I am dealing with two conformations of cis-1,4-dimethylcyclohexane. One conformation is di-axial, and the other one is di-equatorial. Why does di-axial have higher strain energy. I would make sense if the molecule was 1,3-dimethylcyclohexane because then it would the steric hinderance that would cause higher energy. Is it similar with 1,4-.. conformation? If its not steric repulsion, what factors cause di-axial to have higher strain energy?

  • $\begingroup$ Di-axial and di-equatorial in cis-1,4-dimethylcyclohexane in a chair conformation? $\endgroup$ – Klaus-Dieter Warzecha Mar 9 '15 at 9:01
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    $\begingroup$ Look at your molecule again. Are you sure you are not talking about trans-1,4-dimethylcyclohexane? In the cis-isomer both methyl groups must point in the same direction relative to the ring. That means one must be equatorial and one must be axial. $\endgroup$ – Ben Norris Mar 9 '15 at 10:44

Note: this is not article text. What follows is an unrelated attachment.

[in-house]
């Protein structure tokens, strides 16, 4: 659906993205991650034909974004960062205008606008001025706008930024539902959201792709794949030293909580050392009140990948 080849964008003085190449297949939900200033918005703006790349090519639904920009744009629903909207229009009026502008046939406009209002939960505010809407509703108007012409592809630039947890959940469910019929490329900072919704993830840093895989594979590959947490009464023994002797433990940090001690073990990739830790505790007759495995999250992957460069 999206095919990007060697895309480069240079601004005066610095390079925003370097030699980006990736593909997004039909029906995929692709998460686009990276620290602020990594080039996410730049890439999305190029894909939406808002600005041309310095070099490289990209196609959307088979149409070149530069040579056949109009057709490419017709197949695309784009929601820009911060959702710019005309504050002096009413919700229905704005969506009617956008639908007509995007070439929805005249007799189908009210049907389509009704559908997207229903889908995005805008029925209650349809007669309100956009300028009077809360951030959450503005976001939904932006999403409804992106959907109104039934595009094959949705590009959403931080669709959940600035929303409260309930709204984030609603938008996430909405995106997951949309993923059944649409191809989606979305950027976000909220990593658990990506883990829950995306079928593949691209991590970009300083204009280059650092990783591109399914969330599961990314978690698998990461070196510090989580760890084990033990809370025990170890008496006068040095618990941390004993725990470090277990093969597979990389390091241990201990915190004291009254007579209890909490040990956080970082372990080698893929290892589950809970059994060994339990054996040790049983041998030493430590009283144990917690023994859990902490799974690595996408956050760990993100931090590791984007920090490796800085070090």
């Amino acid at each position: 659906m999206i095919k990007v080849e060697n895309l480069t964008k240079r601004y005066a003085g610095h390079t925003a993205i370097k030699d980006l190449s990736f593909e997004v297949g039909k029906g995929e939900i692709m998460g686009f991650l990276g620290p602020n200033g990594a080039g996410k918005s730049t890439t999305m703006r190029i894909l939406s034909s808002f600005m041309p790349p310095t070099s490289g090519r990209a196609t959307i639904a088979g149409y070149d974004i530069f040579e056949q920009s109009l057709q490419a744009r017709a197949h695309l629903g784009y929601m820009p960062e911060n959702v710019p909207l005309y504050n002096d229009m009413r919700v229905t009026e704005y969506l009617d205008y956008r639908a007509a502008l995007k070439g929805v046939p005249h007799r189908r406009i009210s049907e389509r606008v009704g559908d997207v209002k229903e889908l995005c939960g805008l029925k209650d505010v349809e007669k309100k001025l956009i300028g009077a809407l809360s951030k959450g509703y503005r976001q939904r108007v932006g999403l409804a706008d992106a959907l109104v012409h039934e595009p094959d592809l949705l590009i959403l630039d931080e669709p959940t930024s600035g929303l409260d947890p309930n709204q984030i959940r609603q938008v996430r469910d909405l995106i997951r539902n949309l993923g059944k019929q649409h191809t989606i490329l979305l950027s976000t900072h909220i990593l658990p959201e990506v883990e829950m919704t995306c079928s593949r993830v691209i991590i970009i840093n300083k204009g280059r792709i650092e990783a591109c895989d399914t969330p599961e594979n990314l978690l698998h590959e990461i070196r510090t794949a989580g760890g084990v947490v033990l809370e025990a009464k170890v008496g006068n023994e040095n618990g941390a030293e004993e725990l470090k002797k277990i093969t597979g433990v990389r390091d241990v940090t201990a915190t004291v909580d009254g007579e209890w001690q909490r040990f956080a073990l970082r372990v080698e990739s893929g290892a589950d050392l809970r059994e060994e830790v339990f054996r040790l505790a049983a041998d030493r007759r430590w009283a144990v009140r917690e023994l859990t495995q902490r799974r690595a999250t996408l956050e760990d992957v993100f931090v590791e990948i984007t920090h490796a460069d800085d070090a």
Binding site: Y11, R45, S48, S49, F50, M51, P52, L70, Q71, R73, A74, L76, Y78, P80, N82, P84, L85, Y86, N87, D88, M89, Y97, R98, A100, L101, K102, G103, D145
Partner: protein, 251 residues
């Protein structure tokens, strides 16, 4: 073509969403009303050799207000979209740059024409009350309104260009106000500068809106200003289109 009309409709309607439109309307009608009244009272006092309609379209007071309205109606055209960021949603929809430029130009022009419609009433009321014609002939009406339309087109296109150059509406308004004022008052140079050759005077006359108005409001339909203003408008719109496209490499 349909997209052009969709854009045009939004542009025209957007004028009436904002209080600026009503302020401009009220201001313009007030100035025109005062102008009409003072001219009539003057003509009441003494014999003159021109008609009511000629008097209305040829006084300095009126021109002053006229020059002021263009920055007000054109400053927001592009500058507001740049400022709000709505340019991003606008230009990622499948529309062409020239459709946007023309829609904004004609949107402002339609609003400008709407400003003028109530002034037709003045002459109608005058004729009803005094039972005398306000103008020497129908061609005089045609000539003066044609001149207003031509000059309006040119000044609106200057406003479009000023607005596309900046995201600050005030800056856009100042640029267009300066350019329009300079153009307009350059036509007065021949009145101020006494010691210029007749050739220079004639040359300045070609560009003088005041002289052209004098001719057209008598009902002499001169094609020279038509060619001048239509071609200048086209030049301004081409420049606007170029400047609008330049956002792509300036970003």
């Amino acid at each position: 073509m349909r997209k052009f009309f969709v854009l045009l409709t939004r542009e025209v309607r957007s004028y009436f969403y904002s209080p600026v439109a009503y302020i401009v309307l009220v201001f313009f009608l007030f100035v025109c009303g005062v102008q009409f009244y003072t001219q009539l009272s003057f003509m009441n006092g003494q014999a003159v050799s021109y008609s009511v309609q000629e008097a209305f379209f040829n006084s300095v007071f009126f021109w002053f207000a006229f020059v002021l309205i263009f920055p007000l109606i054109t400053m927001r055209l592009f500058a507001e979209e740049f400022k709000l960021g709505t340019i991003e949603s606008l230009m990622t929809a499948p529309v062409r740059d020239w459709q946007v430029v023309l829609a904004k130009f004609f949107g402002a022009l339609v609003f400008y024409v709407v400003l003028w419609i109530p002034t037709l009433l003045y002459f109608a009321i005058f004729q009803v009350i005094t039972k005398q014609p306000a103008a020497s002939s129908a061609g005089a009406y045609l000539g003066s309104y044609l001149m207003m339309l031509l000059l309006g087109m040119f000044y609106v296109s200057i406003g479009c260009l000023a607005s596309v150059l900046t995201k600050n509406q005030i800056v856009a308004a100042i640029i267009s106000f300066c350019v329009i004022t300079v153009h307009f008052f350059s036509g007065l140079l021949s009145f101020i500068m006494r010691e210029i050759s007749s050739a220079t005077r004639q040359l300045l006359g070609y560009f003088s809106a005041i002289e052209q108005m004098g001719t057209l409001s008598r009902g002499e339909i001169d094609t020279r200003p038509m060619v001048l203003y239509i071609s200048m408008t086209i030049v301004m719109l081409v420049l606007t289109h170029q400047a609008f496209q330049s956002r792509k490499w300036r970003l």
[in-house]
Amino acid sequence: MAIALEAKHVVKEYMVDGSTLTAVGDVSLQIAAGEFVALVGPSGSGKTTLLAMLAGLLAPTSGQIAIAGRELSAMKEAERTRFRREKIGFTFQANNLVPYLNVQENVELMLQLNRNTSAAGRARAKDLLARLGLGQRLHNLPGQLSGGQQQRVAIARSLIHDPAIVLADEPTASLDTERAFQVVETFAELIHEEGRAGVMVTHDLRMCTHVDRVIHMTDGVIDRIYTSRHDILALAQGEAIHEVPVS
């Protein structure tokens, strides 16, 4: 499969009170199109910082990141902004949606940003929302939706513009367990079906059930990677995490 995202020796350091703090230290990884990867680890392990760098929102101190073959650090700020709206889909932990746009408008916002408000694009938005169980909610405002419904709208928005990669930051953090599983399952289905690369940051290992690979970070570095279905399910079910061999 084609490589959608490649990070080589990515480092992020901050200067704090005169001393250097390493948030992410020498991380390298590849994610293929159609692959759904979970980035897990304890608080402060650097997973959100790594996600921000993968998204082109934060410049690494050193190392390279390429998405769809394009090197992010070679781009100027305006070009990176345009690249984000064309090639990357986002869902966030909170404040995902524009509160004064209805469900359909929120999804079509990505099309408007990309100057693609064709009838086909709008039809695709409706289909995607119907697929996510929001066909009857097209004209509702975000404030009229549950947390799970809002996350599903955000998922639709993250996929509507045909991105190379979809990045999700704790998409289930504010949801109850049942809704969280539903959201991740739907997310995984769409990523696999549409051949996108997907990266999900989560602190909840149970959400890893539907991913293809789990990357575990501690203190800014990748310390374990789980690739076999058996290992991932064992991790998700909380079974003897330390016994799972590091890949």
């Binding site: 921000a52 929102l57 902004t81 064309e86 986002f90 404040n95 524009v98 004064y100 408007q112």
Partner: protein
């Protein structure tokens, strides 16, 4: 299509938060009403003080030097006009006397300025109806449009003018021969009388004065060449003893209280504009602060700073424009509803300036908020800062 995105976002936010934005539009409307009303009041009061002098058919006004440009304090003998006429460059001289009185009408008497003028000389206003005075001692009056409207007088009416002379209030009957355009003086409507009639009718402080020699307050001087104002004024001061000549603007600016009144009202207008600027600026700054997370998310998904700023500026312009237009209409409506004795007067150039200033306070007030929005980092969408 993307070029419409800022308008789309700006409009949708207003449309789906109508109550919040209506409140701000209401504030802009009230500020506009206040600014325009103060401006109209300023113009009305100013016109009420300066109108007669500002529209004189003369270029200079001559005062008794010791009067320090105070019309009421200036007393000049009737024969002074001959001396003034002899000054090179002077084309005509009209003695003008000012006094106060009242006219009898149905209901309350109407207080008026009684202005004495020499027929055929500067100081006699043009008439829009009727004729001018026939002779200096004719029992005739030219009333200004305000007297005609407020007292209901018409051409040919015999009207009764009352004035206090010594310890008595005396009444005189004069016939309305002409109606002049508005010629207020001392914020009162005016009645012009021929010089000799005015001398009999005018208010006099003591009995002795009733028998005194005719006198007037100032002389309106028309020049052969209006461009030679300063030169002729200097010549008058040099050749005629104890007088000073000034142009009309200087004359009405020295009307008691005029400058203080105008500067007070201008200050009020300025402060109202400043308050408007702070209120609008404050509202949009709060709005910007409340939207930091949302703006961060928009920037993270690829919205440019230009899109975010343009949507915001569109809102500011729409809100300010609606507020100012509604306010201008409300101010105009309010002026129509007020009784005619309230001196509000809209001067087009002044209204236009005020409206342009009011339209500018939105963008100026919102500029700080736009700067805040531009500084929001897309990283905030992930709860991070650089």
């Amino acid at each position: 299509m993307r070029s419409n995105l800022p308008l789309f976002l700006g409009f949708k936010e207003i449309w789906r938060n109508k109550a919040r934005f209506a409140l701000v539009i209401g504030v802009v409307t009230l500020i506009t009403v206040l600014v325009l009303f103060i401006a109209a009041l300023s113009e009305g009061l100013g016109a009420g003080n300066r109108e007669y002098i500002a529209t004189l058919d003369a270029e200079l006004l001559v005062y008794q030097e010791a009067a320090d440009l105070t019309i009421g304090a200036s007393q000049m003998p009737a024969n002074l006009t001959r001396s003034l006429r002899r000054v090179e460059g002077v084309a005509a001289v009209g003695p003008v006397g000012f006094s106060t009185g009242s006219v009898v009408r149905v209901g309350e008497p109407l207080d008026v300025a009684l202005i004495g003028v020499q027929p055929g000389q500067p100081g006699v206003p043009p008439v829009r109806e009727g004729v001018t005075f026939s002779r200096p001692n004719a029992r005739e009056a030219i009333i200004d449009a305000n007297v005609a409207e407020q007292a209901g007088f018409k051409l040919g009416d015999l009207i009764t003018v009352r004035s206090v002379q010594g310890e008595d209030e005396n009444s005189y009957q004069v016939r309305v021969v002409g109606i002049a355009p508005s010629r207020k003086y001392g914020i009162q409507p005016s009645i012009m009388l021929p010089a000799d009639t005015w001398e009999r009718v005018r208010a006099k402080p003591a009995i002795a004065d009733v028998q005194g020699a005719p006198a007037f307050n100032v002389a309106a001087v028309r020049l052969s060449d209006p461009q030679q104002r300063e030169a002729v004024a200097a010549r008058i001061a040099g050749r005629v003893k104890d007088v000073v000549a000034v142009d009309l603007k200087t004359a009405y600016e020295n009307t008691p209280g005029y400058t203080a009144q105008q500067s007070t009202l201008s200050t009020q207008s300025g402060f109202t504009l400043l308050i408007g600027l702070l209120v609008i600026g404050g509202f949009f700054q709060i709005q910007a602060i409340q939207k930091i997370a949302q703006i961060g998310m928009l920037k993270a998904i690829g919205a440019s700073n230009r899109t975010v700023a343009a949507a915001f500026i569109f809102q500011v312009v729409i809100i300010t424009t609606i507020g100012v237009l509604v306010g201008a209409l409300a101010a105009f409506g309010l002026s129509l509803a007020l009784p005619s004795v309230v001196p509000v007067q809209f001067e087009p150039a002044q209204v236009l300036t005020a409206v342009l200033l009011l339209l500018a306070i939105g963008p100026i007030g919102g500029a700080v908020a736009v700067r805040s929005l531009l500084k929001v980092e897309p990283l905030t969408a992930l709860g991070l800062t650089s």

You can't have both in a chair conformation!

  1. If the methyl groups in 1,4-dimethylcyclohexane adopt a bis-axial orientation, they are trans and they stay trans after ring flip:
    enter image description here

  2. If your 1,4-dimethylcyclohexane is cis-substituted the orientation of the methyl groups is axial and equatorial, respectively:
    enter image description here

  • $\begingroup$ They could be both equatorial in a boat or twisted configuration, though. Currently I am not too sure which is the thermodynamically most stable one. $\endgroup$ – Martin - マーチン Mar 10 '15 at 8:42

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